Nick Rivera says heartbreaking play still haunts him

Minnesota State junior forward Nick Rivera raises the Jeff Sauer Trophy as teammate Parker Tuomie approaches him after the Mavericks won the WCHA playoff championship on Saturday at the Verizon Center. Rivera scored the game-winning goal in overtime. Pat Christman / Mankato Free Press

By Shane Frederick of the Mankato Free Press

PROVIDENCE, R.I. — Nick Rivera admitted that the play still haunts him a bit.

Overtime of an NCAA tournament game. A rebound to his stick. An open goal in front of him.

“It’s a heartbreaking play,” the Minnesota State junior forward said.

Rivera shot, only to see the puck hit off the backside of a teammate, Brad McClure, who had tumbled into the goal. Moments later, at the other end of the rink, it was Minnesota Duluth celebrating while the Mavericks’ season came to an end.

“That’s the game of hockey; it’s a quick game,” Rivera said. “It motivates me for sure.”

Last Saturday, Rivera scored in sudden-death overtime to lift the Mavericks to a 3-2 victory over Bowling Green in the WCHA playoff championship game at the Verizon Center. It was the cherry on top of an unlikely comeback in which Minnesota State erased a 2-0 deficit in the game’s final 1:44 to force the extra period.

It was the biggest goal of his college career, but it didn’t necessarily exorcise the demons of last year’s regional at Sioux Falls, South Dakota.

Winning at the East Regional this weekend at Providence, Rhode Island, however, just might do that.

“Everybody in the locker room knows how bad we really want this,” Rivera said, “and we want to make some history with our school.”

Rivera is a California kid from Pacific Palisades, a coastal community near Los Angeles, but with his thick, bushy playoff beard and hard-nosed style of play, he fits right in in Minnesota hockey country.

He showed off his toughness earlier in Saturday’s game after blocking a shot with his skate during a penalty kill. In clear pain, he got up, hobbled back to the middle of the ice and helped kill off another 30 seconds of the penalty before blocking another shot — this time with his stick — and getting a much-needed stoppage.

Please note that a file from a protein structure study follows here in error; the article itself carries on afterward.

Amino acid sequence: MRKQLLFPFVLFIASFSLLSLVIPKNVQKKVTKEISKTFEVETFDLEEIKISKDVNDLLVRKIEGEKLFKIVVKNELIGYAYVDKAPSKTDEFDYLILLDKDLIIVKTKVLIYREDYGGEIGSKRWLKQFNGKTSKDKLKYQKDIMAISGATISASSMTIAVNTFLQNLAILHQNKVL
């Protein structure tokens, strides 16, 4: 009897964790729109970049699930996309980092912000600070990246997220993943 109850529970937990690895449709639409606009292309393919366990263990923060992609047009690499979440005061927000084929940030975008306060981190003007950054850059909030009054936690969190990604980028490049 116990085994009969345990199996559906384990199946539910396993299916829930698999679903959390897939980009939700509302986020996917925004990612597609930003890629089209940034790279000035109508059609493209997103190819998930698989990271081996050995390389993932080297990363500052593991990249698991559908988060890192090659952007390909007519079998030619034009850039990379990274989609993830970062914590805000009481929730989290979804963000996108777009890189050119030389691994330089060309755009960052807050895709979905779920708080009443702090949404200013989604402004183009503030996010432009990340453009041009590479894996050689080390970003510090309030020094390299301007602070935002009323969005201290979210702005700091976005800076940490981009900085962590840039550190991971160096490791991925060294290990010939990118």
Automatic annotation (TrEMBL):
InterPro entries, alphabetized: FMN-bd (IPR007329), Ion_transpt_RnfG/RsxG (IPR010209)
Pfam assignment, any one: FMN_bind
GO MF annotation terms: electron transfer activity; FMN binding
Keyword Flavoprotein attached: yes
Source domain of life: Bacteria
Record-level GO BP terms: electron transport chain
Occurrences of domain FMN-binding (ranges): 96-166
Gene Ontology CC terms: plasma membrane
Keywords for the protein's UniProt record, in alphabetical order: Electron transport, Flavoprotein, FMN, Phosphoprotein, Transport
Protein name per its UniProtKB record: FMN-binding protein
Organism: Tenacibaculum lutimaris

“We ask our players: Are they committed? Do they care?” Mavericks coach Mike Hastings said. “Unquestionably, with Nick, it’s yes. There’s a want-to.”

Rivera is one of Minnesota State’s three captains. Max Coatta is the senior, Marc Michaelis is the scorer, and Rivera is the grinder.

“He’s an example setter,” Hastings said.

Rivera, a 5-foot-10, 190-pound left wing, plays a heavy game, defends and kills penalties, but he’s chipped in offensively, too, with 18 points, including nine goals — two short-handed ones and three game-winners.

As thrilling as Saturday’s overtime winner was, Rivera said he and his teammates quickly moved on to focus on the national tournament and playing Providence at Providence.

“You gotta enjoy it, but you also gotta move past it,” he said. “It’s a special moment, and we’ll get to celebrate that as a team as much as we can when we get the chance to after the season, after we try to complete one more goal of ours because we’re trying to compete at the national level now and trying to put our school on the map as much as we can.”

The Mavericks are the top seed in the East Regional and ranked No. 3 in the country. The Friars are No. 14. Minnesota State left Mankato on Thursday and will practice at the Dunkin’ Donuts Center today. They will play at noon Saturday. If they win, they will play the Northeastern-Cornell winner at 3 p.m. Sunday for a trip to the Frozen Four at Buffalo, New York.

Rivera hopes the lesson from a year ago doesn’t have to be retaught to him and his team.

“You know, it’s a game of inches, a game of centimeters, whatever you want to say,” he said. “As cliche as it sounds, at the end of the day, it’s the truth One shot can make a difference. One play can make a difference.”

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